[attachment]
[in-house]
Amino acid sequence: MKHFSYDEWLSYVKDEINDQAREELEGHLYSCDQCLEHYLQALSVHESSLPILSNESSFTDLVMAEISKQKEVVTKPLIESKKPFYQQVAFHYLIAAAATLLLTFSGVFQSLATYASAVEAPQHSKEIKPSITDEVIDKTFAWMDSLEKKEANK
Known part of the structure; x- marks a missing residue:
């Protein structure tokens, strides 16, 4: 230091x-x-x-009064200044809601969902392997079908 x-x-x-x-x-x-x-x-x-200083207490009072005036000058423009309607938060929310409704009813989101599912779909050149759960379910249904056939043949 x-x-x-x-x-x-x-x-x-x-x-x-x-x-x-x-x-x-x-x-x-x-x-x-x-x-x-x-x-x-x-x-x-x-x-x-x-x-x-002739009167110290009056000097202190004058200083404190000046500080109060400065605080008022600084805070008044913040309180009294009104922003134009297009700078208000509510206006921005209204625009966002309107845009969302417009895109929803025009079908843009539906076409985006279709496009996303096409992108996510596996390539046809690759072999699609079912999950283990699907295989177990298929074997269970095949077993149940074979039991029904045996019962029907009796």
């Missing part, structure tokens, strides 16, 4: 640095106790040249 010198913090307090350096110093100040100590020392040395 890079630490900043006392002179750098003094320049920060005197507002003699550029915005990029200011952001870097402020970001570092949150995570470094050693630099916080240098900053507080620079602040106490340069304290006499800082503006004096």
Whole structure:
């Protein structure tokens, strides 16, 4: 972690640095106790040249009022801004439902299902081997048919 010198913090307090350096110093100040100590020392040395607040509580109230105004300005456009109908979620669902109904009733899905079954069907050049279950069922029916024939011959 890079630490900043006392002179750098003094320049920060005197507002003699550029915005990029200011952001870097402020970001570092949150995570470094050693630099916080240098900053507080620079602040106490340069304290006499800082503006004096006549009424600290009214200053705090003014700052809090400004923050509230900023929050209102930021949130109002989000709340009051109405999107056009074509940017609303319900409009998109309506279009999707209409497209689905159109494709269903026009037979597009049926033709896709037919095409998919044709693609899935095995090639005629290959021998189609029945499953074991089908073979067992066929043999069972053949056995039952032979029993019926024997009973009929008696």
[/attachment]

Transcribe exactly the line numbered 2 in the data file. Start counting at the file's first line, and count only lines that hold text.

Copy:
Amino acid sequence: MKHFSYDEWLSYVKDEINDQAREELEGHLYSCDQCLEHYLQALSVHESSLPILSNESSFTDLVMAEISKQKEVVTKPLIESKKPFYQQVAFHYLIAAAATLLLTFSGVFQSLATYASAVEAPQHSKEIKPSITDEVIDKTFAWMDSLEKKEANK